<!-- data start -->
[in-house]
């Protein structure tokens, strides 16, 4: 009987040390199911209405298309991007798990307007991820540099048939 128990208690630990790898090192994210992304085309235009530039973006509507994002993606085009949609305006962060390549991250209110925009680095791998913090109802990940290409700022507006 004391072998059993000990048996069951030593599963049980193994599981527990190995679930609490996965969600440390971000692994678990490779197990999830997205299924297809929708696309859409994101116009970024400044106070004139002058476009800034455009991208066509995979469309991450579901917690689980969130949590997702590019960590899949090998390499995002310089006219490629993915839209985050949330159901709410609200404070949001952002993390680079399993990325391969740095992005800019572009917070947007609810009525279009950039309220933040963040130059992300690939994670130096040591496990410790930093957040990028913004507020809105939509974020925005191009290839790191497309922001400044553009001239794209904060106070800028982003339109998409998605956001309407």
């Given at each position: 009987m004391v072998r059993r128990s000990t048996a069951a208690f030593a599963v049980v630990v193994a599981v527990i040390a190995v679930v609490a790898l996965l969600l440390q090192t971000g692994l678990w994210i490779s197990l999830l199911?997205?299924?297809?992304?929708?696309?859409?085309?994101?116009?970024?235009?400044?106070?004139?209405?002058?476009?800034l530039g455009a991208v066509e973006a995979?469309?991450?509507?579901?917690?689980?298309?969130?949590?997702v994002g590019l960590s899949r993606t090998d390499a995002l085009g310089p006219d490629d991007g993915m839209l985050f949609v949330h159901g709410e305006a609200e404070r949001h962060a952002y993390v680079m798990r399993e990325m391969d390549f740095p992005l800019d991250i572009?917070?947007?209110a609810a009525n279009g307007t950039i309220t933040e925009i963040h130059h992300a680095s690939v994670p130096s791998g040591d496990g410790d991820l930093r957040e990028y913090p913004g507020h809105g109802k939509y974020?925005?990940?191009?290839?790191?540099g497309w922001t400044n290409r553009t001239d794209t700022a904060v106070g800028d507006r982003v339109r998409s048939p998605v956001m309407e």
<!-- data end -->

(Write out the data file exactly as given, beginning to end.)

[in-house]
């Protein structure tokens, strides 16, 4: 009987040390199911209405298309991007798990307007991820540099048939 128990208690630990790898090192994210992304085309235009530039973006509507994002993606085009949609305006962060390549991250209110925009680095791998913090109802990940290409700022507006 004391072998059993000990048996069951030593599963049980193994599981527990190995679930609490996965969600440390971000692994678990490779197990999830997205299924297809929708696309859409994101116009970024400044106070004139002058476009800034455009991208066509995979469309991450579901917690689980969130949590997702590019960590899949090998390499995002310089006219490629993915839209985050949330159901709410609200404070949001952002993390680079399993990325391969740095992005800019572009917070947007609810009525279009950039309220933040963040130059992300690939994670130096040591496990410790930093957040990028913004507020809105939509974020925005191009290839790191497309922001400044553009001239794209904060106070800028982003339109998409998605956001309407």
């Given at each position: 009987m004391v072998r059993r128990s000990t048996a069951a208690f030593a599963v049980v630990v193994a599981v527990i040390a190995v679930v609490a790898l996965l969600l440390q090192t971000g692994l678990w994210i490779s197990l999830l199911?997205?299924?297809?992304?929708?696309?859409?085309?994101?116009?970024?235009?400044?106070?004139?209405?002058?476009?800034l530039g455009a991208v066509e973006a995979?469309?991450?509507?579901?917690?689980?298309?969130?949590?997702v994002g590019l960590s899949r993606t090998d390499a995002l085009g310089p006219d490629d991007g993915m839209l985050f949609v949330h159901g709410e305006a609200e404070r949001h962060a952002y993390v680079m798990r399993e990325m391969d390549f740095p992005l800019d991250i572009?917070?947007?209110a609810a009525n279009g307007t950039i309220t933040e925009i963040h130059h992300a680095s690939v994670p130096s791998g040591d496990g410790d991820l930093r957040e990028y913090p913004g507020h809105g109802k939509y974020?925005?990940?191009?290839?790191?540099g497309w922001t400044n290409r553009t001239d794209t700022a904060v106070g800028d507006r982003v339109r998409s048939p998605v956001m309407e």